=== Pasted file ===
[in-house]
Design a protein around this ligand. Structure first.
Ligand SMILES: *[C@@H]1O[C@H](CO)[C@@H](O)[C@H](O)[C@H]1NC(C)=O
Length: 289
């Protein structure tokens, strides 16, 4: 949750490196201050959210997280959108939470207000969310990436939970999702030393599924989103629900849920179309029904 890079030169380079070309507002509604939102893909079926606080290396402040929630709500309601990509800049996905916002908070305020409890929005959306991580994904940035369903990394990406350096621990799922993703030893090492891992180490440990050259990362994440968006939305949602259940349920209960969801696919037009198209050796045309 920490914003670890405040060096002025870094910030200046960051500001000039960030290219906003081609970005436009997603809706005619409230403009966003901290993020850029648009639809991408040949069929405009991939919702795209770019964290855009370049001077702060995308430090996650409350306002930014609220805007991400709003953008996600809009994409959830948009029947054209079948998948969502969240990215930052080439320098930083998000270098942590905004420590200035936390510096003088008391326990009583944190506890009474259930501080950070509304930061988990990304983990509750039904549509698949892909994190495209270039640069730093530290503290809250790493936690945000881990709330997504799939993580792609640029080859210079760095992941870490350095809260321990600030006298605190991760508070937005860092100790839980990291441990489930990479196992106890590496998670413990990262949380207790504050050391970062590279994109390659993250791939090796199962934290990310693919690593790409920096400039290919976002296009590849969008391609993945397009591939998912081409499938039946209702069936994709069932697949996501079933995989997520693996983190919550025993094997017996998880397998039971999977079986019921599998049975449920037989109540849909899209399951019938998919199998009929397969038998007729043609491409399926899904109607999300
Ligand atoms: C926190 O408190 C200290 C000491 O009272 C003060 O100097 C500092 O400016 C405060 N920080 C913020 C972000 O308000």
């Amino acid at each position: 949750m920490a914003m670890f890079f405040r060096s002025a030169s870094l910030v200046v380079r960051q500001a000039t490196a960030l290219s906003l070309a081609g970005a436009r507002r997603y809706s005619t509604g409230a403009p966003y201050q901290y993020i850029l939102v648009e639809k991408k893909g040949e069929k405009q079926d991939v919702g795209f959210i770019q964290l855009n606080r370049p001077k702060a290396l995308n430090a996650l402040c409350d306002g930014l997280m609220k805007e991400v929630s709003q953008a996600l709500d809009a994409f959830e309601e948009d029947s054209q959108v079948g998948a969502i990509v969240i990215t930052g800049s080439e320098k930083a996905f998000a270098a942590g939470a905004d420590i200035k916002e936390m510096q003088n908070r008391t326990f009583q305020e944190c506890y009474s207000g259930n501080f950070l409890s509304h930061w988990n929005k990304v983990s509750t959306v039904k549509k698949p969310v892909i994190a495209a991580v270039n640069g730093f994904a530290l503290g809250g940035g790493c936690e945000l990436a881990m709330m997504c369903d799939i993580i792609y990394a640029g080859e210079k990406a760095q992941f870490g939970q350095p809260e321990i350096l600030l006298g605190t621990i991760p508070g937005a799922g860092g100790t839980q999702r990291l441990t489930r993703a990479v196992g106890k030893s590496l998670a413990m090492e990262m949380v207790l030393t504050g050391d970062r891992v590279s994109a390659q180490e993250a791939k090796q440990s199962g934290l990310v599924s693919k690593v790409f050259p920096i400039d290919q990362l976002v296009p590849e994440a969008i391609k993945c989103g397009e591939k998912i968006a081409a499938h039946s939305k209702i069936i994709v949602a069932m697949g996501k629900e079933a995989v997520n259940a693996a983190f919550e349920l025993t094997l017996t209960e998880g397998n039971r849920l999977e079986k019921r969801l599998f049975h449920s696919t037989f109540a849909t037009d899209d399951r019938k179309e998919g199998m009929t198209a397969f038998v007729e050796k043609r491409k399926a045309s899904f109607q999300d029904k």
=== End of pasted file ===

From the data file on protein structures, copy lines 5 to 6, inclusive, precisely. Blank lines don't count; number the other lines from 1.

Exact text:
């Protein structure tokens, strides 16, 4: 949750490196201050959210997280959108939470207000969310990436939970999702030393599924989103629900849920179309029904 890079030169380079070309507002509604939102893909079926606080290396402040929630709500309601990509800049996905916002908070305020409890929005959306991580994904940035369903990394990406350096621990799922993703030893090492891992180490440990050259990362994440968006939305949602259940349920209960969801696919037009198209050796045309 920490914003670890405040060096002025870094910030200046960051500001000039960030290219906003081609970005436009997603809706005619409230403009966003901290993020850029648009639809991408040949069929405009991939919702795209770019964290855009370049001077702060995308430090996650409350306002930014609220805007991400709003953008996600809009994409959830948009029947054209079948998948969502969240990215930052080439320098930083998000270098942590905004420590200035936390510096003088008391326990009583944190506890009474259930501080950070509304930061988990990304983990509750039904549509698949892909994190495209270039640069730093530290503290809250790493936690945000881990709330997504799939993580792609640029080859210079760095992941870490350095809260321990600030006298605190991760508070937005860092100790839980990291441990489930990479196992106890590496998670413990990262949380207790504050050391970062590279994109390659993250791939090796199962934290990310693919690593790409920096400039290919976002296009590849969008391609993945397009591939998912081409499938039946209702069936994709069932697949996501079933995989997520693996983190919550025993094997017996998880397998039971999977079986019921599998049975449920037989109540849909899209399951019938998919199998009929397969038998007729043609491409399926899904109607999300
Ligand atoms: C926190 O408190 C200290 C000491 O009272 C003060 O100097 C500092 O400016 C405060 N920080 C913020 C972000 O308000």